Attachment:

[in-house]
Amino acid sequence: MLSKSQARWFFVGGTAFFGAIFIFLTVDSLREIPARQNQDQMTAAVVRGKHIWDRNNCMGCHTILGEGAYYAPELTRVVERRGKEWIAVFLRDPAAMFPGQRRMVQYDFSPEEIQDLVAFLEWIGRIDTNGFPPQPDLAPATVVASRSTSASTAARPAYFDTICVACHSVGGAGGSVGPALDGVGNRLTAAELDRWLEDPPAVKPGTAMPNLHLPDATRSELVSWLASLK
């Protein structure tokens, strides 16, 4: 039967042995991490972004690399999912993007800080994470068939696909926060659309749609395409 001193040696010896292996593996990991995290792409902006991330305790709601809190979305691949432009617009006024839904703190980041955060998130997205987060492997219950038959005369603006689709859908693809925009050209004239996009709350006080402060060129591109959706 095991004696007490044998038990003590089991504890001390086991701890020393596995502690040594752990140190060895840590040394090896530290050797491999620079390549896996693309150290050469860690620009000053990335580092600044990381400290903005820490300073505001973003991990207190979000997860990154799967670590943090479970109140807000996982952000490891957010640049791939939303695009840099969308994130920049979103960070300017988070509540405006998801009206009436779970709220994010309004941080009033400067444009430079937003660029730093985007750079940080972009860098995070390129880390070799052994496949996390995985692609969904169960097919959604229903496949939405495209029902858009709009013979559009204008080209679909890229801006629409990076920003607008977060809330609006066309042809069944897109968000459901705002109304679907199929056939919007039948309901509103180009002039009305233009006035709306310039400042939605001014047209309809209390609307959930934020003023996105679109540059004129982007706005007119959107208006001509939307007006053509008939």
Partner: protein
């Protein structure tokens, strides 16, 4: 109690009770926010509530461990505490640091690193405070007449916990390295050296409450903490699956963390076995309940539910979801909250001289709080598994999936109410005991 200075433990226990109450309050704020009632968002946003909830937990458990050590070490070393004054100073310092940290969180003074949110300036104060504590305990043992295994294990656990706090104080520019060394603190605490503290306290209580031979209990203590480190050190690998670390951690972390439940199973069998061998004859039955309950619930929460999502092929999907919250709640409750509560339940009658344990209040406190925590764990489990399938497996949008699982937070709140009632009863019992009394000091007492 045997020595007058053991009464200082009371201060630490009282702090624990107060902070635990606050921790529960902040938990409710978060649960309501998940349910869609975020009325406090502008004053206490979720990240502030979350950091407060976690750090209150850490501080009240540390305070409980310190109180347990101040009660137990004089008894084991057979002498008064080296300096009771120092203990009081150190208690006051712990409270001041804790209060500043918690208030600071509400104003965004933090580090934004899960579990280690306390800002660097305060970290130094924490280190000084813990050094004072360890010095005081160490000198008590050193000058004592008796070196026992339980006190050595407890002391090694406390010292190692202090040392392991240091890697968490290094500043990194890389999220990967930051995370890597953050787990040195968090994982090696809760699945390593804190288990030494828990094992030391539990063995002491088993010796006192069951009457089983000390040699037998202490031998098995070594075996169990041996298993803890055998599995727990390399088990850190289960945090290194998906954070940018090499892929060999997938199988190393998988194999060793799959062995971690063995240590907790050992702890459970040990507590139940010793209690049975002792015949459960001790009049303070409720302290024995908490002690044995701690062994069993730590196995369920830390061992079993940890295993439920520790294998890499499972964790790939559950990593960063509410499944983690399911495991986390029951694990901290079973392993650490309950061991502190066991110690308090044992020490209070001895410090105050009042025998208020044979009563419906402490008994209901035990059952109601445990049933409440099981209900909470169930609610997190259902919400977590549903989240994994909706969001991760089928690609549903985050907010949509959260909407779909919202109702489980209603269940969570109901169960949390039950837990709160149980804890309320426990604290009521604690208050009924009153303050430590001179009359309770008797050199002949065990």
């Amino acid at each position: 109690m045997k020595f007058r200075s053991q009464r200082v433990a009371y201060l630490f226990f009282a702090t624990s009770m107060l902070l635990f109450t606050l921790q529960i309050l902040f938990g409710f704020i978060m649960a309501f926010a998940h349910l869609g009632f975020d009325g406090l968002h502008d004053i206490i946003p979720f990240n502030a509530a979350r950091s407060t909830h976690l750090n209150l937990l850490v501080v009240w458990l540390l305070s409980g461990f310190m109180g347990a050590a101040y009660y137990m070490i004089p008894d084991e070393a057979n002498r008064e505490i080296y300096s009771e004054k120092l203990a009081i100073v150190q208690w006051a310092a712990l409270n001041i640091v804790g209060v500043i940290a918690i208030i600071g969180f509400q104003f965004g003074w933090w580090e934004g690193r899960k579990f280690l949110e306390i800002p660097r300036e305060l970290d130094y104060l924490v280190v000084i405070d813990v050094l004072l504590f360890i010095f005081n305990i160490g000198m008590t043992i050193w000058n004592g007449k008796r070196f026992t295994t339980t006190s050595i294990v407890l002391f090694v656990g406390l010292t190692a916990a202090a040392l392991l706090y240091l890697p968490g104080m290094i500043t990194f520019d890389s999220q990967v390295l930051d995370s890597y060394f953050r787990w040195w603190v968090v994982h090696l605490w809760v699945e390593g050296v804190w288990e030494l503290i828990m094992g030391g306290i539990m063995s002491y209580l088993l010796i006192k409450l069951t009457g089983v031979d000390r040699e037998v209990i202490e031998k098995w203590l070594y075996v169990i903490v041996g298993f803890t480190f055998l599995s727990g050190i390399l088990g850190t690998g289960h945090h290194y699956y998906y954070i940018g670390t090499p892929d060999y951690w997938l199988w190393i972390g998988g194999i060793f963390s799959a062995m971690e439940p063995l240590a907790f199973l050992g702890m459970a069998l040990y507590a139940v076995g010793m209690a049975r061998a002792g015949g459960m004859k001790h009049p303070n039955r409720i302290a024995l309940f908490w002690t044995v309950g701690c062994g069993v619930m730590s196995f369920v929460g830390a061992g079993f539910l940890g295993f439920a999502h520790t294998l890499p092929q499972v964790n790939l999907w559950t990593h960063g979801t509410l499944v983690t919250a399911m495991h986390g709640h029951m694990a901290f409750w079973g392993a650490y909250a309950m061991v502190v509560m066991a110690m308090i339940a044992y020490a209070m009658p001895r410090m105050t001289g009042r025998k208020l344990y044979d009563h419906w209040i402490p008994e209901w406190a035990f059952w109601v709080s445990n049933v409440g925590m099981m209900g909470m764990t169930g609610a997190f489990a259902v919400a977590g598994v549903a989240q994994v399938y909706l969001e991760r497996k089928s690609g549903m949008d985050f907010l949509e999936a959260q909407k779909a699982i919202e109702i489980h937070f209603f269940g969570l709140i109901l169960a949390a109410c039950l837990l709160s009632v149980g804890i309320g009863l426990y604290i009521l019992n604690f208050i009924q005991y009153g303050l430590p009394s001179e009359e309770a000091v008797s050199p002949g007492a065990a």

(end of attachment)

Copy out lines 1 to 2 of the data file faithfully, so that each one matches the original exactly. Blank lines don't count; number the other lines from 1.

[in-house]
Amino acid sequence: MLSKSQARWFFVGGTAFFGAIFIFLTVDSLREIPARQNQDQMTAAVVRGKHIWDRNNCMGCHTILGEGAYYAPELTRVVERRGKEWIAVFLRDPAAMFPGQRRMVQYDFSPEEIQDLVAFLEWIGRIDTNGFPPQPDLAPATVVASRSTSASTAARPAYFDTICVACHSVGGAGGSVGPALDGVGNRLTAAELDRWLEDPPAVKPGTAMPNLHLPDATRSELVSWLASLK